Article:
I’ve decided to throw things around a bit on the Lonely Planet Challenge (LPC) front. I have a bit of a problem sometimes; I have to do certain things in a certain order. Like when using a puzzle book I have to do the puzzles in order, so from front to back, I’m not allowed to pick out the ones I like and do those, which means when I get to a word search (which I’m not a fan of) I usually end up never picking up the puzzle book again. I have a similar problem with my LPC. I’m trying to go through the Lonely Planet in order. From front to back. So my initial plan was to do everything in Amsterdam first and also in order. Now I’ve scrapped that plan, I have a new one. I’ll be following two routes through the book from now on. Route number one will be what I was already doing, starting at the beginning and going through the book in the order it is put together. And route number two will be following a kind of logic route from whatever is closest to home, so starting in the province Noord-Brabant. And maybe every now and again I’ll even throw in a completely spontaneous trip to wherever. You never know ;)
So how did this change of behaviour begin? Yesterday, the plan was to go to Amsterdam, until I realised that the trains in that direction were all a bit messy this weekend, plus I needed to get back to Tilburg in time to see The Smashing Pumpkins at 013. So I decided to still go out and about, but closer to home. The result of which was Den Bosch, the first city mentioned in the Noord-Brabant part of my LP.
Now I know Den Bosch quite well, it’s one of those cities I go to when I want to go shopping and I want to get out of Tilburg. It’s a good shopping city and it’s also quite beautiful with its canals and medieval buildings. I’ve done a few of the things in LP before, but I will be doing them again to refresh my memory. Yesterday though, I did something new. The first thing LP recommends is Sint Janskathedraal (Saint John’s Cathedral). According to LP it’s Den Bosch’s main attraction, this is what else LP has to say:
“(…) one of the finest churches in the Netherlands. It took from 1336 to 1550 to complete, and there’s an interesting contrast between the red-brick tower and the ornate stone butresses. The interior is also of interest, with late-Gothic stained-glass windows, an impressive statue of the Madonna and an amazing organ case from the 17th century. Unfortunately, Protestants destroyed the cathedral’s paintings in 1566. Recent restorations uncovered a few 15th-century survivors. Take the opportunity to climb the 73m tower, with its carillon and great views.”
Now this is one of those places I’ve always seen, but never properly seen. I’ve walked past it, but never really looked at it. I’ve also never been inside. My plan was to go for the tower climb, which actually turned out to be a guided tour. I went to buy my ticket at a building a little further down the street. They cost five euros for adults, kids between four and twelve cost €2.50 and under fours are free. The tour is two to three times a day throughout most of the year (except on Mondays) and it lasts for about an hour and fifteen minutes. (For more information check out http://www.kringvrienden.nl, which is unfortunately in Dutch). I bought tickets for the two o’clock tour which gave me some time to have lunch and visit the comic book store (nerd, remember).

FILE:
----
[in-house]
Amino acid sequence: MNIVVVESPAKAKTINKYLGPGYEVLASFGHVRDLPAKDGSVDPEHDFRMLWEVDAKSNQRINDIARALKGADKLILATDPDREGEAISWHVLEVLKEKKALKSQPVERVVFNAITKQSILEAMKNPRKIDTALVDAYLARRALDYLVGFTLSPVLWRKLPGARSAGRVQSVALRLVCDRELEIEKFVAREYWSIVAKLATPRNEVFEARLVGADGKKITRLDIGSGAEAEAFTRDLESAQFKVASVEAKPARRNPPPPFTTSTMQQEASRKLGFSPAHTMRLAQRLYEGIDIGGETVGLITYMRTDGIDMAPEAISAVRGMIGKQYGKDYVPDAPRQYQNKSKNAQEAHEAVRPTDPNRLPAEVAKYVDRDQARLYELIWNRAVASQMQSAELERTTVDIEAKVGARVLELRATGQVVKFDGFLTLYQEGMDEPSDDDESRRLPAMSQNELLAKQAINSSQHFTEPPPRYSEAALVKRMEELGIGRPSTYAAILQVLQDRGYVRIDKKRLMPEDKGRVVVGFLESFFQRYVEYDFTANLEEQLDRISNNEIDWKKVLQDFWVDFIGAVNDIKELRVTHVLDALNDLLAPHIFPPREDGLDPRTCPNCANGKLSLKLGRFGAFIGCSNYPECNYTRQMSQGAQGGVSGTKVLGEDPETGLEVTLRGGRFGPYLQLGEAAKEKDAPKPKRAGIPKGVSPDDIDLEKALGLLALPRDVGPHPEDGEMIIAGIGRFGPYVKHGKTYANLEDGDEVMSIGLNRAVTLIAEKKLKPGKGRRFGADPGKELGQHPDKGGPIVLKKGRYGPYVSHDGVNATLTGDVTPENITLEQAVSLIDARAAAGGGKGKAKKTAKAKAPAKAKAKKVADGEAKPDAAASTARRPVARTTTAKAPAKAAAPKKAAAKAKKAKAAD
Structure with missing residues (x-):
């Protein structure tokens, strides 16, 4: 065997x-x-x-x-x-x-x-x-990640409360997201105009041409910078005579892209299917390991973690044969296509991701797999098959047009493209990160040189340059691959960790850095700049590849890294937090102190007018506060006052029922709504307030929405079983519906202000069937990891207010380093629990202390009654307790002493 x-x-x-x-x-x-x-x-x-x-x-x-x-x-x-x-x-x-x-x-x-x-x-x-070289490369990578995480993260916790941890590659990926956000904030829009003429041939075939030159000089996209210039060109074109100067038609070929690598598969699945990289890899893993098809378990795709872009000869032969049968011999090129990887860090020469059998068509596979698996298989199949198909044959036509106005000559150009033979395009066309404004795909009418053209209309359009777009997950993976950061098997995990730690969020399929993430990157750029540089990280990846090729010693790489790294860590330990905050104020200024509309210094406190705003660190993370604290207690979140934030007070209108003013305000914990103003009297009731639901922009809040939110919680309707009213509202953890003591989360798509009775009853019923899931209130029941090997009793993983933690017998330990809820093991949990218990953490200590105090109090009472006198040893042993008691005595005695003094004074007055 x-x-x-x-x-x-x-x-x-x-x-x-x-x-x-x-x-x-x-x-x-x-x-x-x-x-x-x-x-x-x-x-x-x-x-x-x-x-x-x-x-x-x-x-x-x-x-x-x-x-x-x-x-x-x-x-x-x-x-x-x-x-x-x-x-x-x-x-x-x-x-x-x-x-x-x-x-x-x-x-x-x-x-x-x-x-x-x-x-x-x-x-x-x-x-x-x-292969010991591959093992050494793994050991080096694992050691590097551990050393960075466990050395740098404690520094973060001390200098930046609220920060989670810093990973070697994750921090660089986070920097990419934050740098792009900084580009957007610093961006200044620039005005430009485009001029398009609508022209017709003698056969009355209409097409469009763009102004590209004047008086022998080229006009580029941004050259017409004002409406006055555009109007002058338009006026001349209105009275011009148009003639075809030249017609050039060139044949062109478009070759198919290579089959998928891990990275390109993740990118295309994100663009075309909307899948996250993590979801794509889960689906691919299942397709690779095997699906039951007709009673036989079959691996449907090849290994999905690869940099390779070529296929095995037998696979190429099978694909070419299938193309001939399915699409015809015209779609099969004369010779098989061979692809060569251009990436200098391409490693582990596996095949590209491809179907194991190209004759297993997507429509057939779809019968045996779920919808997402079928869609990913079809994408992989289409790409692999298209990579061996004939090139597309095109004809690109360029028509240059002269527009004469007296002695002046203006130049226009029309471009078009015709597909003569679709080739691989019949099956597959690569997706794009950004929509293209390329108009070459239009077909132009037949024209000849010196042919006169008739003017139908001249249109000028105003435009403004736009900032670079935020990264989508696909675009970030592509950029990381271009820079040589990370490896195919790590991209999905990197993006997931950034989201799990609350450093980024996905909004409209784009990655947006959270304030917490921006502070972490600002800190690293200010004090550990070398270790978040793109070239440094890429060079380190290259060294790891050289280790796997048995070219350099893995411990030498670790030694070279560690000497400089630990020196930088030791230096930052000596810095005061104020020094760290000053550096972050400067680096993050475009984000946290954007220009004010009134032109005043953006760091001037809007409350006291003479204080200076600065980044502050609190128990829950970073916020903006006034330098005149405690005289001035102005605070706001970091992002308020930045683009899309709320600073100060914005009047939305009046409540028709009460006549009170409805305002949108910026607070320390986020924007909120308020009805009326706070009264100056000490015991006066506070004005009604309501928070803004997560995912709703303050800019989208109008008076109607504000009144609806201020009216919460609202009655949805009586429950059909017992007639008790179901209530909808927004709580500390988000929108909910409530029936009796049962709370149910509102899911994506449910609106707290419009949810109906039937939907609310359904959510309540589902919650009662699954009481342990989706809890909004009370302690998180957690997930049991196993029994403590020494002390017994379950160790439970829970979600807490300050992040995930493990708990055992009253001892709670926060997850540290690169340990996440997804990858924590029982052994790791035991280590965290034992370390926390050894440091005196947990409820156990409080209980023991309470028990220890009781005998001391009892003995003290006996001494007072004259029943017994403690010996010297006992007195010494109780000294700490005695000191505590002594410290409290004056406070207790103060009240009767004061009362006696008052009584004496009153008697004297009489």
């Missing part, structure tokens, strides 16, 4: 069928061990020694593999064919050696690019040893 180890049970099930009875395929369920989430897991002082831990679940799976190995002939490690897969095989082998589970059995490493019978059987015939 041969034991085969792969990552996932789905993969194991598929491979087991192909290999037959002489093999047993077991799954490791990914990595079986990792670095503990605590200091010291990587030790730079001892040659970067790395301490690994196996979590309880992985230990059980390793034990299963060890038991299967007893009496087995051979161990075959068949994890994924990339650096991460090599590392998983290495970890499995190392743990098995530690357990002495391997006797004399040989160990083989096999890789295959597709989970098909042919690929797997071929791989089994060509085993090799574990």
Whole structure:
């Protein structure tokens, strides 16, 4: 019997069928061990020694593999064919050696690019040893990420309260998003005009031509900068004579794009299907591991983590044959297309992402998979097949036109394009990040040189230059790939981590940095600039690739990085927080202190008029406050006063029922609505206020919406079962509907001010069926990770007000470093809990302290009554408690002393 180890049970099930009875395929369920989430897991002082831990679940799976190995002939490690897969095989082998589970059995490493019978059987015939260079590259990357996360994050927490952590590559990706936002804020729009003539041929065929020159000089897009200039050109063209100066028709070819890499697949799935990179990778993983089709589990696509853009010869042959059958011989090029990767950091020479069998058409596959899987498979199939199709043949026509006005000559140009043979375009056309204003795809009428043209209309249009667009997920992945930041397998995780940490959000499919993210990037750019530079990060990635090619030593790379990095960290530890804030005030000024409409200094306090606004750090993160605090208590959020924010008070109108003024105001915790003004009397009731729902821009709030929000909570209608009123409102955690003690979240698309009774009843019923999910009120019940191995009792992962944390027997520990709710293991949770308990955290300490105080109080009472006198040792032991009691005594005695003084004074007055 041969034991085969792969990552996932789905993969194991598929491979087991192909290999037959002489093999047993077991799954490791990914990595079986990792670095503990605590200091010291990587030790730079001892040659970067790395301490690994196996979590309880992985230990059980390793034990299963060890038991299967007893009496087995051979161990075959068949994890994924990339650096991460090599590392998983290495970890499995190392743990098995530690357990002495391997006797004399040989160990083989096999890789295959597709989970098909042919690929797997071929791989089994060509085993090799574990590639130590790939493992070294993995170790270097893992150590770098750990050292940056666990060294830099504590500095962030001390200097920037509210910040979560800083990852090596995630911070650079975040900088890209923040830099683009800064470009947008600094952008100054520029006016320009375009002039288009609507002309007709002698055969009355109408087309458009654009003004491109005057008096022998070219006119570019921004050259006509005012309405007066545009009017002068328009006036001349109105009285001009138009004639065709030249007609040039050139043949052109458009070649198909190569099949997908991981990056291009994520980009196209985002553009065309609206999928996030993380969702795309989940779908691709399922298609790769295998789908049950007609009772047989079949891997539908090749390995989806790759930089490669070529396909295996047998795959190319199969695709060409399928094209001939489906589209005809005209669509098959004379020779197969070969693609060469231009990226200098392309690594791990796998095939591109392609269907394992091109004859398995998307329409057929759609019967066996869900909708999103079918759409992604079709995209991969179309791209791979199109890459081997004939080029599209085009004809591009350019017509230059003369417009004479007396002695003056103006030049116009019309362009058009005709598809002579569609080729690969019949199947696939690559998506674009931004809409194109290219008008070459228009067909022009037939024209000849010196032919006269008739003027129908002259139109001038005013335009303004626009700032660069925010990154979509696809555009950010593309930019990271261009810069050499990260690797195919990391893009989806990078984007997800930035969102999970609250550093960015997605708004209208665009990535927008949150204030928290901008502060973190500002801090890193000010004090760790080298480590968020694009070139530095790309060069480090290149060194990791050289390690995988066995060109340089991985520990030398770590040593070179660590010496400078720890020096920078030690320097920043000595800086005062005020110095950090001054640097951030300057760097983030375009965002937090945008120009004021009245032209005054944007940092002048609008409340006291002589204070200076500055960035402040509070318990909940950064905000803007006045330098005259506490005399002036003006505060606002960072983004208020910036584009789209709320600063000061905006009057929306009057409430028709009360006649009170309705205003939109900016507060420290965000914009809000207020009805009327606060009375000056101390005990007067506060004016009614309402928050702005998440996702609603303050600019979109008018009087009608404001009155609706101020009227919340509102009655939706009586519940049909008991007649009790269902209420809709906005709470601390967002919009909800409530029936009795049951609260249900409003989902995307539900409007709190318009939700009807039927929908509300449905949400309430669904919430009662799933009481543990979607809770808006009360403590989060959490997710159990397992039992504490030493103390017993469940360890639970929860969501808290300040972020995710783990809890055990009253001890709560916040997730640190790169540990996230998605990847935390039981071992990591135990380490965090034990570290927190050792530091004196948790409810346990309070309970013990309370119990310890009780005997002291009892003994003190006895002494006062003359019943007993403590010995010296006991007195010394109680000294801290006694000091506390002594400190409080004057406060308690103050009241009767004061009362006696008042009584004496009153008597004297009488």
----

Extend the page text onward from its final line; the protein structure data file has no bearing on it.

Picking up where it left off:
The comic book store in Den Bosch, Silvester, is pretty good. They have a good English section. It was mainly just a browse, though. The problem is that I can get the stuff I’m interested in for quite a bit less money on the internet. And whilst I’m all for supporting shops, as in real-life shops you can walk into. I really don’t want shops to disappear! If the difference between the internet price and the price in the shop reaches a certain limit, I have to be honest and say I will order my stuff online. I am sorry! :(
Koffiehuis Voltaire, the café I planned to go to, was actually just opposite the comic book store, which was very convenient as well as being a complete coincidence. In LP’s words:
“The definition of funky. Settle into a table out front or amid the multi-coloured shambles inside for some fab veggie fare. The affable owner cooks up a mean house special: a grilled sandwich of organic cheese, pesto, arugula, avocado and more. Great fruit shakes. No smoking anything.”
Basically what is described above is a pretty good description. But to be honest I wasn’t overly convinced. When I walked in there were four people spread around the place and they all seemed to know each other, I don’t know if they all worked there, or whether they were friends or what exactly there relationships were with each other, but when I walked in it felt like I was interrupting something. They did all say hello, but there was a bit of a strange atmosphere which made me feel like I wasn’t particularly wanted. It’s a small café and it’s set up a bit like a living room, it actually felt like I was barging into someone else’s living room. I sat down anyway. There are all kinds of items lying all over the place from throughout the years, also piles of books and magazines, it’s a bit of a hodgepodge of things. The girl that helped me was actually very friendly. She came over and gave me glass of tap water and asked what I’d like to drink, I ordered and asked what they did for lunch as there was no menu to be seen. Basically she told us she could make us warm or cold sandwiches with a list of ingredients she could put on the sandwiches and she could also do an omelet. It was a bit strange. I said I’d like a sandwich, I went for a cold one with both goat’s and cow’s cheese and avocado. The sandwich was actually really good, very tasty and it looked great. I paid and left pretty quickly once finished, though. I don’t think I’d go back again, just cause the mood was so strange, I didn’t really understand the vibes. Also I didn’t really get the concept, if there even is a concept. It was as if you had to be familiar with the place and the people who work there/hang out there and then maybe you’d also be in on the secret of what exactly they serve. I didn’t get the point of not having some kind of menu. I saw someone on a table nearby receiving a smoothie, I know LP said they had smoothies, but I’d forgotten that and if there’d have been a menu I would probably have ordered a smoothie too… So, no, I wouldn’t recommend. I am sorry to say so. It makes me sad :(.